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Highs and a Low for the V-22

By Staff Writer | June 1, 2015



An MV-22B Osprey with Marine Medium Tiltrotor Squadron 161 (Reinforced) departs the USS Essex during a certification exercise off San Diego April 14. An Osprey from the squadron crashed in Hawaii May 17, killing one Marine.
Photo courtesy of the U.S. Marine Corps/Staff Sgt. Miguel Carrasco

May was a month of highs and lows for the Bell-Boeing V-22 tiltrotor.

On May 16, U.S. Air Force CV-22s helped fly U.S. Delta Force troops into southeastern Syria, where the commandos killed a senior Islamic State in Syria (ISIS) leader. The Ospreys from the Air Force Special Operations Command joined Sikorsky Aircraft MH-60 Black Hawks from the U.S. Army’s 160th Special Operations Aviation Regiment (Airborne) in carrying the special-operations troops on that mission.

Described as the first successful raid by American ground troops since the military campaign against ISIS began last year, the mission garnered much intelligence material, freed what the Pentagon described as an enslaved woman and saw other ISIS personnel captured. Yet, the Pentagon said, no Americans were injured (despite hand-to-hand combat and aircraft struck by ground fire), nor were there any civilian casualties.

In Nepal, MV-22s from the U.S. Marine Corps’ Marine Medium Tiltrotor Squadron 262 (VMM-262, the “Flying Tigers”) began carrying critical supplies to survivors and aid officials on damage-survey flights shortly after April 25’s magnitude 7.8 earthquake.

But a fatal May 17 MV-22 accident in Hawaii prompted politicians and the public to again ask, “Is the V-22 safe?” (Japan’s Kyodo news service reported that governor of Okinawa in southern Japan, where 24 U.S. V-22s are stationed, demanded that Osprey flights there be suspended until the crash’s cause is determined.)

The Osprey from VMM-161 Reinforced (the “Greyhawks”) crashed after suffering what the USMC described as a hard landing during routine training. The aircraft was one of several that had departed the USS Essex about 100 miles off Oahu, transporting 21 Marines and a U.S. Navy corpsman to Bellows Air Force Station near Waimanalo, Oahu.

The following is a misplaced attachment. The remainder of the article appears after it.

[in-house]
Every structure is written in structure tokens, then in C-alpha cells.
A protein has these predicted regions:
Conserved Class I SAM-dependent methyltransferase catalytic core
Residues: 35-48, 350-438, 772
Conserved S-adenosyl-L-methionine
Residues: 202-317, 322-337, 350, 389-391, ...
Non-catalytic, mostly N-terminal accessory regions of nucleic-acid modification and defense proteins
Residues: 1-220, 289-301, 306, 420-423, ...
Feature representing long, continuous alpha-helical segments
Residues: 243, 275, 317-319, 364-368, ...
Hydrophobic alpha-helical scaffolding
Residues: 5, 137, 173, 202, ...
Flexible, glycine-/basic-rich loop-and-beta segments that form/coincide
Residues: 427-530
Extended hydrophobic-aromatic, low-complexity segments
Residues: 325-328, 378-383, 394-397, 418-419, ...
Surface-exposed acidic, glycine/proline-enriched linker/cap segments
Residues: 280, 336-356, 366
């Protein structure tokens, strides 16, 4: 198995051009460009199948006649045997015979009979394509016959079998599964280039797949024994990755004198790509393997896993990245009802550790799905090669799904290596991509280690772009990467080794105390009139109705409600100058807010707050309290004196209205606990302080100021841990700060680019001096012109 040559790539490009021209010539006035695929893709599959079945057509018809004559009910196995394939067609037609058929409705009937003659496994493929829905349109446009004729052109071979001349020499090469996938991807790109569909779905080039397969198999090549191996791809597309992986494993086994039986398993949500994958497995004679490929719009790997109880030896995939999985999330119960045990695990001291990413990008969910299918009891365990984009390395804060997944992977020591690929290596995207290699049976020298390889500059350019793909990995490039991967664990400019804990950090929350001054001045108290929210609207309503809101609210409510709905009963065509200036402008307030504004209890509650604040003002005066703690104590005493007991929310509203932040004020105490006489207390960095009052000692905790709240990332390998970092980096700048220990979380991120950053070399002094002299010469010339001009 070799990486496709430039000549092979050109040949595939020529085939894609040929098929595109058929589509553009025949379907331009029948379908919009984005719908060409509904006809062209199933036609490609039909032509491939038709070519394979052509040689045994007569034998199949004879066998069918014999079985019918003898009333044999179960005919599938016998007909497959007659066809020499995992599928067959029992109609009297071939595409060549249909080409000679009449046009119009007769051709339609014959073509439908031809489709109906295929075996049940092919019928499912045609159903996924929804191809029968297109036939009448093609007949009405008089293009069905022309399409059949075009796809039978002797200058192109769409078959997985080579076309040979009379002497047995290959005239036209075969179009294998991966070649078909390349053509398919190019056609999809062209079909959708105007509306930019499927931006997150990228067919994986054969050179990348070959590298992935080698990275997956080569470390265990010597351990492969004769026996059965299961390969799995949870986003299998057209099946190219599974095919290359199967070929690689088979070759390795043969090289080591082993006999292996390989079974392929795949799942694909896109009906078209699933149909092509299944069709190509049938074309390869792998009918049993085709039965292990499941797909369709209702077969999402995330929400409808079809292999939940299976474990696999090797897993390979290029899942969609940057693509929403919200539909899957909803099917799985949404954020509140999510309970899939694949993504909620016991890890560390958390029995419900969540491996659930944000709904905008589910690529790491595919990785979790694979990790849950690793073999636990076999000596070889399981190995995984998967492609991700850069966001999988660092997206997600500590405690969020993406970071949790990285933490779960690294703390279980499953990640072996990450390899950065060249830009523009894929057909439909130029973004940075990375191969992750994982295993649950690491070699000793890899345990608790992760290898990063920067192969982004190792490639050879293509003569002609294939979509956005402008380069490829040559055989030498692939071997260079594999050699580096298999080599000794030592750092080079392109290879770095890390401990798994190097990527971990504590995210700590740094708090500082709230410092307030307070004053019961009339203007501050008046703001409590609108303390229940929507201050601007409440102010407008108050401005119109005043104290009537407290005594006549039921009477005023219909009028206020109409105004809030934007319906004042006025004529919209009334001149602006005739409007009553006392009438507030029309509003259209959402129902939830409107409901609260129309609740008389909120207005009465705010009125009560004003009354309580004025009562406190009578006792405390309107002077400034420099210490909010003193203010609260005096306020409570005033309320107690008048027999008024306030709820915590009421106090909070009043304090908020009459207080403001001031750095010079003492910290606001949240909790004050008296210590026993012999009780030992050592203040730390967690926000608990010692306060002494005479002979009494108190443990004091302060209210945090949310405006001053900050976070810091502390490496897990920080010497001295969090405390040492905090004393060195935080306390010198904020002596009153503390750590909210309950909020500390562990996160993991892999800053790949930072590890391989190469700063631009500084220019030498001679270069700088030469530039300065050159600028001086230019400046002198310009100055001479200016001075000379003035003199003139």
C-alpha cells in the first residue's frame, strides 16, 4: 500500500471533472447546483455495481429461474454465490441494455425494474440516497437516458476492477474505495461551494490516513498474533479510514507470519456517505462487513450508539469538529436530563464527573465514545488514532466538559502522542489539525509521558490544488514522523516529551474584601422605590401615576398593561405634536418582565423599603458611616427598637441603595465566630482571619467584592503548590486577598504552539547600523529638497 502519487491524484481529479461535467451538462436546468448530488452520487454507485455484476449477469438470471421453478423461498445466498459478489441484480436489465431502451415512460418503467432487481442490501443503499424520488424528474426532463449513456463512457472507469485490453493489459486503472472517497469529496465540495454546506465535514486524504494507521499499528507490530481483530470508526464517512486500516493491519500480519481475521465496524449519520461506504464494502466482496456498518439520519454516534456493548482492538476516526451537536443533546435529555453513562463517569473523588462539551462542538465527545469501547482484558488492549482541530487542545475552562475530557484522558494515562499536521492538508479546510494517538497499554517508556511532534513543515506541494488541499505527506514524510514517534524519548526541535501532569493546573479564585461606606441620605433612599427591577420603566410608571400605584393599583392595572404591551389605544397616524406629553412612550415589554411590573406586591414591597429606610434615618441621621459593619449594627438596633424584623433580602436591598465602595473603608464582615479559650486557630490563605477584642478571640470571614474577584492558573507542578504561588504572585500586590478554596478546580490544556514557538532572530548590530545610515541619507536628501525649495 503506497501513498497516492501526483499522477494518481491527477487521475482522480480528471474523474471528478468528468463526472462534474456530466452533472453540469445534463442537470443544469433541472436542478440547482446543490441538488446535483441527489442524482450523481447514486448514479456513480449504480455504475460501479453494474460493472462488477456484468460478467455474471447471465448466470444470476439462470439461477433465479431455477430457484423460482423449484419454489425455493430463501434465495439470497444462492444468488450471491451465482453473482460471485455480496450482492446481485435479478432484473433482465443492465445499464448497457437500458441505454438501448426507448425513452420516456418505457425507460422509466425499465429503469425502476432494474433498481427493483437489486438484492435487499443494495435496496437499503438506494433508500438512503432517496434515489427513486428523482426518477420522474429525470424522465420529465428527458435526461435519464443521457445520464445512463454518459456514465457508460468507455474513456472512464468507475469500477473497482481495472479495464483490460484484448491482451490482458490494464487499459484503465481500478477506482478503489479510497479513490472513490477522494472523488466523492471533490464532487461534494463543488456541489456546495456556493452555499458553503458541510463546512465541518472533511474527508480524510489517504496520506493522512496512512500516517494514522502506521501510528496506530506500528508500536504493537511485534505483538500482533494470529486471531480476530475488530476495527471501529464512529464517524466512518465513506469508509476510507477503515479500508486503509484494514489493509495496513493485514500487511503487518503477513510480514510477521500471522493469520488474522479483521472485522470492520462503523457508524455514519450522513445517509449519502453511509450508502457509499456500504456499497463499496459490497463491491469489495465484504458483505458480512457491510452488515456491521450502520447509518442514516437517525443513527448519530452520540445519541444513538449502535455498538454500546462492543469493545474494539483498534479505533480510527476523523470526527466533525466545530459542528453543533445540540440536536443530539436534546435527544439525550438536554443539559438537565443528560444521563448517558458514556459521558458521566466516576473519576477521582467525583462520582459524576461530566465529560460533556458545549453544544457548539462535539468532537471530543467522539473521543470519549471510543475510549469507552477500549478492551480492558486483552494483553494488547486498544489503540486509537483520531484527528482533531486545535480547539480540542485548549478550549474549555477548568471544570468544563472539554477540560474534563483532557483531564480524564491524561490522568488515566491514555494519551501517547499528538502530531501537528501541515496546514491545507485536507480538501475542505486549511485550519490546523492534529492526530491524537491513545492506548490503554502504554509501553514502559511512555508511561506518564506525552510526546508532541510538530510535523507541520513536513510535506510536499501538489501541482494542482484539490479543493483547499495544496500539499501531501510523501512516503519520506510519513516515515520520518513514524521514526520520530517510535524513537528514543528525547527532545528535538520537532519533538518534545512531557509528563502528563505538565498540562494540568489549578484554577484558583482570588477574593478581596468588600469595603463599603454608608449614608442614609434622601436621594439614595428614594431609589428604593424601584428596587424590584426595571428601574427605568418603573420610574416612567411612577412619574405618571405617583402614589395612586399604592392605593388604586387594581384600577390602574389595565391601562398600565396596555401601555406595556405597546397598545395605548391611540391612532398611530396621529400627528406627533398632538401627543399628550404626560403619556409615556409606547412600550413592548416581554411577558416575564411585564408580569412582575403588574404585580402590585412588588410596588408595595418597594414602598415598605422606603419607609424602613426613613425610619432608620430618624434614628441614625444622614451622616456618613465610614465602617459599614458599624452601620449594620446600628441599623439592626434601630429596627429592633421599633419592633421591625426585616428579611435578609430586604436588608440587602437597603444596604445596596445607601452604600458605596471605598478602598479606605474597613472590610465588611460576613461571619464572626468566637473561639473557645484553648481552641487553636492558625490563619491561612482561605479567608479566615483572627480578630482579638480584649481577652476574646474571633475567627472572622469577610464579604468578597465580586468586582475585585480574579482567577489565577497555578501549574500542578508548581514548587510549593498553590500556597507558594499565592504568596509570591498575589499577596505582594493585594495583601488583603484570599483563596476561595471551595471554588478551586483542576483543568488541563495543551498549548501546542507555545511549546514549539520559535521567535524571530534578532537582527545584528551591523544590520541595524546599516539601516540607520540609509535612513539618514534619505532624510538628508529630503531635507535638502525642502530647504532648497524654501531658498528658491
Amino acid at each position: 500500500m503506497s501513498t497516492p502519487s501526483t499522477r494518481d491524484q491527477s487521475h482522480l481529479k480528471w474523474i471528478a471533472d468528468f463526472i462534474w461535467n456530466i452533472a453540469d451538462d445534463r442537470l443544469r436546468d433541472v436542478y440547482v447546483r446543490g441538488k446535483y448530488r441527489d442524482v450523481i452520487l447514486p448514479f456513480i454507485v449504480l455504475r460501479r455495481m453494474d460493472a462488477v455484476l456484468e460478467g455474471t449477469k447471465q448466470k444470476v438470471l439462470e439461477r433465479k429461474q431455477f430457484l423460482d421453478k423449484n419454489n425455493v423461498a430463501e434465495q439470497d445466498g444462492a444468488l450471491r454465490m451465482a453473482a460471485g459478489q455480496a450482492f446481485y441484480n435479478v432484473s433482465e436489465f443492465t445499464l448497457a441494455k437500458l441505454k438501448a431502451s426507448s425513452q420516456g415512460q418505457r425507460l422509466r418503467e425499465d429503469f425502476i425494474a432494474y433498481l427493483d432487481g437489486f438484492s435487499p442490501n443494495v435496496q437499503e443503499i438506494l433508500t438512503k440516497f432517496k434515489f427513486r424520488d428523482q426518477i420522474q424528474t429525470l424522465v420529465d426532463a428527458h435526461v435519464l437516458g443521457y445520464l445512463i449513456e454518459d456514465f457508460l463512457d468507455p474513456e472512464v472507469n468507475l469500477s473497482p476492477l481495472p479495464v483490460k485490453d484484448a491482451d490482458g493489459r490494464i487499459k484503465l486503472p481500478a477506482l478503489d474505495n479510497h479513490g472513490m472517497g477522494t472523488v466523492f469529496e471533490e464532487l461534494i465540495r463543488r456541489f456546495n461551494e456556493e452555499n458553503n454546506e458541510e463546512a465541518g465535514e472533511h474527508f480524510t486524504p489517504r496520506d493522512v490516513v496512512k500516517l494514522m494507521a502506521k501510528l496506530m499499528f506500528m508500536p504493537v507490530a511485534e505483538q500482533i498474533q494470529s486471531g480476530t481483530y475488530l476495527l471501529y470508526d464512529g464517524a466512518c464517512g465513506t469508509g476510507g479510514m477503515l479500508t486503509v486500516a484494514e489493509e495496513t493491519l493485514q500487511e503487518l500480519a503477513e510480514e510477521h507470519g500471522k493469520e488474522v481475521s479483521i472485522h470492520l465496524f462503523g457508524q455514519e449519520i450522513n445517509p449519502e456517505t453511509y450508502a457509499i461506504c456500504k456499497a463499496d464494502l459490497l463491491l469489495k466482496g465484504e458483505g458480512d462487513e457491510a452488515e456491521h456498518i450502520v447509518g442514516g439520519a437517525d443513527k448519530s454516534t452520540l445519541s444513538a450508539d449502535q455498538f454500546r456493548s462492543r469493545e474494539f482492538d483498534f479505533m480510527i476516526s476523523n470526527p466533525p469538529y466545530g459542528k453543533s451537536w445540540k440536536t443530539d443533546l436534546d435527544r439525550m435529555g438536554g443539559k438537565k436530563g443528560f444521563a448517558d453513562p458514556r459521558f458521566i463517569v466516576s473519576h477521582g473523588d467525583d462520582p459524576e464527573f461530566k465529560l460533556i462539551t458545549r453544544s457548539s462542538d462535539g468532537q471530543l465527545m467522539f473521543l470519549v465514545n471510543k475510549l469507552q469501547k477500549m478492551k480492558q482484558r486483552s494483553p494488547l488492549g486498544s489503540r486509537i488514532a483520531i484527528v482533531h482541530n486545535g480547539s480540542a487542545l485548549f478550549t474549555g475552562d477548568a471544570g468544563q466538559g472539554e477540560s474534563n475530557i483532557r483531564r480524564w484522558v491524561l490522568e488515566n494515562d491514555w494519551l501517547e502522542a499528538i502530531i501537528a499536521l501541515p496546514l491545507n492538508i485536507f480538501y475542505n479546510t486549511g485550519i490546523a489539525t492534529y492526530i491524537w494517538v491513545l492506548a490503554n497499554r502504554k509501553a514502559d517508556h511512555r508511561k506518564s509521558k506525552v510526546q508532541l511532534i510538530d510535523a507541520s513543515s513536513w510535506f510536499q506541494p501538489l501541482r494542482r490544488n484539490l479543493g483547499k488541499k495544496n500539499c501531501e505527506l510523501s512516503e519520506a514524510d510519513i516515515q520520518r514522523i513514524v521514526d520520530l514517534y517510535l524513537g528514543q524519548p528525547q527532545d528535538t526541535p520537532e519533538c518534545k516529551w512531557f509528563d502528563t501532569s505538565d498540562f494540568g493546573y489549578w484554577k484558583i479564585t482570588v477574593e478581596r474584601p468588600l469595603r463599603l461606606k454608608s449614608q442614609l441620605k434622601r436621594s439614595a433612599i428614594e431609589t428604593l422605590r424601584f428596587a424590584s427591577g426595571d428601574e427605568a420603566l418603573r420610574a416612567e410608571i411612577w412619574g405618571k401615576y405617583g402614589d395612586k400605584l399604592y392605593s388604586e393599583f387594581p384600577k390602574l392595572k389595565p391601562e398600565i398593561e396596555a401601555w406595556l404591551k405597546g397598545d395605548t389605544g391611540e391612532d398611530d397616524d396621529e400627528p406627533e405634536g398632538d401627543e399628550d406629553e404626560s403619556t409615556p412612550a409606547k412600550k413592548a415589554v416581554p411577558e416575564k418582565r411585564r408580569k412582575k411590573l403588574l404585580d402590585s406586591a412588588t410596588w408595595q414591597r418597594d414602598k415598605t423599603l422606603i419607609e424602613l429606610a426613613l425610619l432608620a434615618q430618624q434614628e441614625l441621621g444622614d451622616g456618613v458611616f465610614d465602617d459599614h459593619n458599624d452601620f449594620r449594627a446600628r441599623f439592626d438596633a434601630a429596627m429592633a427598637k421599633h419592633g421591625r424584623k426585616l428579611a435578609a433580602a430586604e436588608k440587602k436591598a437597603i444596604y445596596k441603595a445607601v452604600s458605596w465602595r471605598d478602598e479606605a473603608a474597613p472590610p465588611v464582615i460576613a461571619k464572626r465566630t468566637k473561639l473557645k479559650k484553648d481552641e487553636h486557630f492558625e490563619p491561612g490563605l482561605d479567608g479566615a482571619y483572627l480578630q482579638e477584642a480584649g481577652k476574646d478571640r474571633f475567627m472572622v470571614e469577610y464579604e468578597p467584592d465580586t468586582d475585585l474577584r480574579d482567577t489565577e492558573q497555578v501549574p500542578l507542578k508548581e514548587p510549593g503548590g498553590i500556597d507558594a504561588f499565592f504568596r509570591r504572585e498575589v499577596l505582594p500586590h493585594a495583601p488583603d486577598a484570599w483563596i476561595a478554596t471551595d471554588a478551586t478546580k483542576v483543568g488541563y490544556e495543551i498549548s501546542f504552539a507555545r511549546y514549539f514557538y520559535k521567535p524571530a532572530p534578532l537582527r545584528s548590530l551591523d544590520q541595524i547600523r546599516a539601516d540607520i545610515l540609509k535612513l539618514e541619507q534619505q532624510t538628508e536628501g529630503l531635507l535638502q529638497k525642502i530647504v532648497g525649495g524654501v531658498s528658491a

As the aircraft transitioned from airplane to helicopter mode at about 1140 local time, it crashed. One Marine was killed and at least one other person onboard was critically injured.

VMM-161 Reinforced also includes USMC McDonnell Douglas AV-8B Harriers and Bell AH-1Z Vipers. It is assigned to the 15th Marine Expeditionary Unit, based at Camp Pendleton, Calif. The 15th MEU departed San Diego May 10 for a seven-month deployment to the Pacific Command and Central Command areas of operation as part of the Essex Amphibious Ready Group. That group consists of the Wasp-class amphibious assault ship USS Essex (LHD 2), the San Antonio-class amphibious transport dock ship USS Anchorage (LPD 23) and the Whidbey Island-class amphibious dock landing ship USS Rushmore (LSD 47). That group and the MEU completed a two-week certification exercise in late April that included a unique training element, a joint recovery force exercise with Army special forces, Marines and U.S. Navy personnel.

Like helicopters, the V-22 is susceptible to vortex ring state, a condition in descent in which vortices normally shed clear of the rotor blades become trapped around the rotor. This essentially prevents the production of rotor thrust and results in a sudden descent.

Because of the V-22’s configuration, vortex ring state also can produce a sudden hard roll if only one of its lateral rotors is affected. This combination is considered a contributing cause of the April 8, 2000 crash at Marana, Ariz. that killed 19 Marines. That crash was one of two that led to a 17-month grounding of
the V-22. The cause of the May 17 crash is under investigation.

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